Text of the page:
This eye-catching Thunderbird Bronze example, complete with matching interior and factory wire wheels wrapped in whitewalls, boasts the “E-code” 312-cu-in V-8 motor, rated at 270 hp. Paired with an automatic transmission, this car sold at RM Auctions Auburn Spring sale in June for $44,000—well under its corresponding #3-condition (Good) of $56,000 at that time. However, in August the hardtop sold for $77,000, and that 75-percent increase in 60 days earns it an annualized return of 250 percent.
Color matters, and as we saw in the “paid to play” cars, the ’55–57 Thunderbird doesn’t have a reliable market right now—in this case, the car was both well-bought and then well-sold.
1934 Ford Model 40 Five-Window Coupe Street Rod: Cashed in (+288 percent)
This lime-green Ford Model 40 street rod has, naturally, a 350-cu-in V-8, with an Edelbrock intake manifold and Weber carburetors to spice things up. Said to have been featured in the August 2005 issue of Street Rod Builder magazine, this Skittle-colored custom sold at Mecum’s Chicago 2018 auction for $50,600 and again in January of 2019 at the house’s Kissimmee auction for $104,500.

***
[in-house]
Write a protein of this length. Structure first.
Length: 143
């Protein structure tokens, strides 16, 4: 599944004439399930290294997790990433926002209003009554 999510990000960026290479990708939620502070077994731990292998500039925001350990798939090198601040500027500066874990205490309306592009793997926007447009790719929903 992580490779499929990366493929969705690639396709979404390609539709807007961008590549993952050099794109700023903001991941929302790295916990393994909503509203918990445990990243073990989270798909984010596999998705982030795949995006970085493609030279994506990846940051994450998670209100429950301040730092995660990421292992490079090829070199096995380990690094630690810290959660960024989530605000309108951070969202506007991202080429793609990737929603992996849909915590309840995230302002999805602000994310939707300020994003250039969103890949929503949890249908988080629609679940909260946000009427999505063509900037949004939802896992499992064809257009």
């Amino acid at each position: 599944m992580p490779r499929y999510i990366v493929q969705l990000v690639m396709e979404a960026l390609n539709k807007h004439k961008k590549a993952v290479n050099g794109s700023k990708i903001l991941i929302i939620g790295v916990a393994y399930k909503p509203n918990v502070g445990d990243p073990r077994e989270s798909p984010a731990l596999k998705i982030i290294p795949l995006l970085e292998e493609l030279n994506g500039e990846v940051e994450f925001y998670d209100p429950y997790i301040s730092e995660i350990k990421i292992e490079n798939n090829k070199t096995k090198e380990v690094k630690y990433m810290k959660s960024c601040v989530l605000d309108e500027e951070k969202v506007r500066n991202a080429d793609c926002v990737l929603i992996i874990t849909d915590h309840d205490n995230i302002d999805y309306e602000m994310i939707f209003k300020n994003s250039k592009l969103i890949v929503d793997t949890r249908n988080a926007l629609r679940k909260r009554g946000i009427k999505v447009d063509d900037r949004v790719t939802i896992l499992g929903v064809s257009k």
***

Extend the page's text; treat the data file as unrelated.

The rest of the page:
An increase of $53,900, or 107 percent, in just 78 days is good for an annualized return of 288 percent. As with the 1951 Mercury custom above, the market for big-dollar customs is not liquid; transactions don’t occur often and there is usually a large discrepancy between the asking price and the price bid. This illiquid market, then, explains the 2018 Chicago sale but not the street rod’s place in the list of “cashed in” cars. Unusual colors such as green or blue often increase the risk of a low price; most likely, the stars aligned for the car’s Kissimmee sale.